April 25, 2014

Robert Mericle Sentenced to One Year in Prison

The United States Attorney’s Office for the Middle District of Pennsylvania announced today that Robert Mericle was sentenced to one year in prison by Senior District Judge Edwin M. Kosik. Judge Kosik also ordered Mericle to pay a $250,000 fine and to report to the Federal Bureau of Prisons on May 14, 2014.

Mericle was charged with misprison of a felony in August 2009 as part of a then-ongoing investigation of judicial corruption in Luzerne County. Mericle later entered into a plea agreement with the government, which was amended prior to today’s sentencing.

Mericle testified as a principal government witness in the trial of former Luzerne County Court of Common Pleas Judge Mark Ciavarella in February 2011.

The government, as part of the plea agreement, recommended a downward departure from the Sentencing Guidelines based on Mericle’s cooperation during the long investigation. The defense argued for a greater downward departure. The court today ruled in favor of the government in regard to the downward departure.

At today’s hearing Judge Kosik considered the extent to which the court should vary from the guidelines based on factors listed under the governing federal statute in sentencing Mericle. Major factors in this case were the nature and circumstances of the offense and Mericle’s role in the offense. The court stated that, based on those factors, it was varying upward and sentenced Mericle to the one year prison term.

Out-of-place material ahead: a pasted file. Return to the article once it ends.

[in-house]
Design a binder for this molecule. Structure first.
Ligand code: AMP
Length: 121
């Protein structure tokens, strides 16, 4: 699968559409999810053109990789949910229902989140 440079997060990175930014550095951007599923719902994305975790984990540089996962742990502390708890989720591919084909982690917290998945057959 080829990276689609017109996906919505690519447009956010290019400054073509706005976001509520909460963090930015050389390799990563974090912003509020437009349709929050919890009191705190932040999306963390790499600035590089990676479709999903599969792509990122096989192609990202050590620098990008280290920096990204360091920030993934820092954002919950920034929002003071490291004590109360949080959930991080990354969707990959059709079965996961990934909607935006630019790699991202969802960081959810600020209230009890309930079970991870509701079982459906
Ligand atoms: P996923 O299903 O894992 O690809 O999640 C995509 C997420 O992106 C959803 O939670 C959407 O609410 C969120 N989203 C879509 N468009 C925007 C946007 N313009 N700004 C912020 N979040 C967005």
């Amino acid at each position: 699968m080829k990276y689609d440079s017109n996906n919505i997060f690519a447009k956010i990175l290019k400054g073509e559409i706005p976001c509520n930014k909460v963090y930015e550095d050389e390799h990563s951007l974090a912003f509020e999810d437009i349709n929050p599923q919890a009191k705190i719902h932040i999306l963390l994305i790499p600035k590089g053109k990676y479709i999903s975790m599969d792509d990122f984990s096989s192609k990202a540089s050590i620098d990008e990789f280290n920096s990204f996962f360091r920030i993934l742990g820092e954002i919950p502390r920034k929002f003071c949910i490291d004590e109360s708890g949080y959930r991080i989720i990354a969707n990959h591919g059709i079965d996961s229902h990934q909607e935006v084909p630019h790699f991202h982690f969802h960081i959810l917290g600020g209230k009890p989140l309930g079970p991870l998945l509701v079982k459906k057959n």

The government’s seven year investigation of judicial corruption in Luzerne County was led by the trial team of Assistant U.S. Attorneys Gordon A. Zubrod, Michael A. Consiglio, and William S. Houser and agents of the FBI and IRS-Criminal Investigation offices in Scranton.

United States Attorney Peter Smith stated that the sentence was appropriate in view of the factors considered by the Court and that Judge Kosik was in the best position to make the appropriate determination having heard the evidence of the seriousness of the offense during the Ciavarella trial and having the benefit of the sentencing memoranda submitted to him by the government and the defense and Mericle’s own statement to the court.